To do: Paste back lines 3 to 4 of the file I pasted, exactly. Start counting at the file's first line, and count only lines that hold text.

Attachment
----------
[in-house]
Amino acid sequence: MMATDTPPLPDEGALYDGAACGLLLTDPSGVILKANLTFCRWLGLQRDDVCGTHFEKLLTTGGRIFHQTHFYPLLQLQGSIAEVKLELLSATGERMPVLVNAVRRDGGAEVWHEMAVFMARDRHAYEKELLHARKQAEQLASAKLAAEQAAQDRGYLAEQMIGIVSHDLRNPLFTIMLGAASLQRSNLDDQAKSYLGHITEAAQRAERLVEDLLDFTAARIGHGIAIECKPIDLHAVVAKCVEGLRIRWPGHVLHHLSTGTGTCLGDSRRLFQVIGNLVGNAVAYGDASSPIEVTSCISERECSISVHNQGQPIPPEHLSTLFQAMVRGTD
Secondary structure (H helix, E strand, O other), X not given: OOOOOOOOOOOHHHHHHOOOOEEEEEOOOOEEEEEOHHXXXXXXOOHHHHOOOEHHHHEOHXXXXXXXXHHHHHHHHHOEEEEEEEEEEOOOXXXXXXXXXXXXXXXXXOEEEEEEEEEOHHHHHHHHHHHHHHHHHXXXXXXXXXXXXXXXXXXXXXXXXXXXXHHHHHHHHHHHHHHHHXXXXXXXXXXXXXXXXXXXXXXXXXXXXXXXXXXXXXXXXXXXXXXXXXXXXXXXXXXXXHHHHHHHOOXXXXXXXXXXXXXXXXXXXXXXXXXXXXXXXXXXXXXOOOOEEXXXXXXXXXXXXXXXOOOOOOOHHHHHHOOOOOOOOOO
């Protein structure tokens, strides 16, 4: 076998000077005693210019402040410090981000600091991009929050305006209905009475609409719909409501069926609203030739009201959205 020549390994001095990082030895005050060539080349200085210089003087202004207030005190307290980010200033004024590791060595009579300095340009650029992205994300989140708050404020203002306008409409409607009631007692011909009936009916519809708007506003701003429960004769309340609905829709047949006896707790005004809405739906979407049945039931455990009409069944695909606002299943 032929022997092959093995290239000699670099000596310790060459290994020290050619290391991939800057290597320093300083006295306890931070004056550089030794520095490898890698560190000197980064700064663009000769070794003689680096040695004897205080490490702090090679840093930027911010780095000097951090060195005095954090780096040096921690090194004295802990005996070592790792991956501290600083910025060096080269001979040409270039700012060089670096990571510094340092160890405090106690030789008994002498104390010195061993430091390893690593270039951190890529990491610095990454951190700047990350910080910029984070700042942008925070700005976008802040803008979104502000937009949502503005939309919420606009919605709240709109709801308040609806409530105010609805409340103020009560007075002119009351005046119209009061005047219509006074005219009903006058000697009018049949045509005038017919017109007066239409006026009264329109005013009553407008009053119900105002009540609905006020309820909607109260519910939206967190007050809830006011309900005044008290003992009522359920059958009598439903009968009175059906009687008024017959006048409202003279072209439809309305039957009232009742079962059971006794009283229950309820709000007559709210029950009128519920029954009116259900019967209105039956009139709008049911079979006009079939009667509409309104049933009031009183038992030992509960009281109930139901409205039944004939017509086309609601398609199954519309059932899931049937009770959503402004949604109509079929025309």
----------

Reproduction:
Secondary structure (H helix, E strand, O other), X not given: OOOOOOOOOOOHHHHHHOOOOEEEEEOOOOEEEEEOHHXXXXXXOOHHHHOOOEHHHHEOHXXXXXXXXHHHHHHHHHOEEEEEEEEEEOOOXXXXXXXXXXXXXXXXXOEEEEEEEEEOHHHHHHHHHHHHHHHHHXXXXXXXXXXXXXXXXXXXXXXXXXXXXHHHHHHHHHHHHHHHHXXXXXXXXXXXXXXXXXXXXXXXXXXXXXXXXXXXXXXXXXXXXXXXXXXXXXXXXXXXXHHHHHHHOOXXXXXXXXXXXXXXXXXXXXXXXXXXXXXXXXXXXXXOOOOEEXXXXXXXXXXXXXXXOOOOOOOHHHHHHOOOOOOOOOO
């Protein structure tokens, strides 16, 4: 076998000077005693210019402040410090981000600091991009929050305006209905009475609409719909409501069926609203030739009201959205 020549390994001095990082030895005050060539080349200085210089003087202004207030005190307290980010200033004024590791060595009579300095340009650029992205994300989140708050404020203002306008409409409607009631007692011909009936009916519809708007506003701003429960004769309340609905829709047949006896707790005004809405739906979407049945039931455990009409069944695909606002299943 032929022997092959093995290239000699670099000596310790060459290994020290050619290391991939800057290597320093300083006295306890931070004056550089030794520095490898890698560190000197980064700064663009000769070794003689680096040695004897205080490490702090090679840093930027911010780095000097951090060195005095954090780096040096921690090194004295802990005996070592790792991956501290600083910025060096080269001979040409270039700012060089670096990571510094340092160890405090106690030789008994002498104390010195061993430091390893690593270039951190890529990491610095990454951190700047990350910080910029984070700042942008925070700005976008802040803008979104502000937009949502503005939309919420606009919605709240709109709801308040609806409530105010609805409340103020009560007075002119009351005046119209009061005047219509006074005219009903006058000697009018049949045509005038017919017109007066239409006026009264329109005013009553407008009053119900105002009540609905006020309820909607109260519910939206967190007050809830006011309900005044008290003992009522359920059958009598439903009968009175059906009687008024017959006048409202003279072209439809309305039957009232009742079962059971006794009283229950309820709000007559709210029950009128519920029954009116259900019967209105039956009139709008049911079979006009079939009667509409309104049933009031009183038992030992509960009281109930139901409205039944004939017509086309609601398609199954519309059932899931049937009770959503402004949604109509079929025309």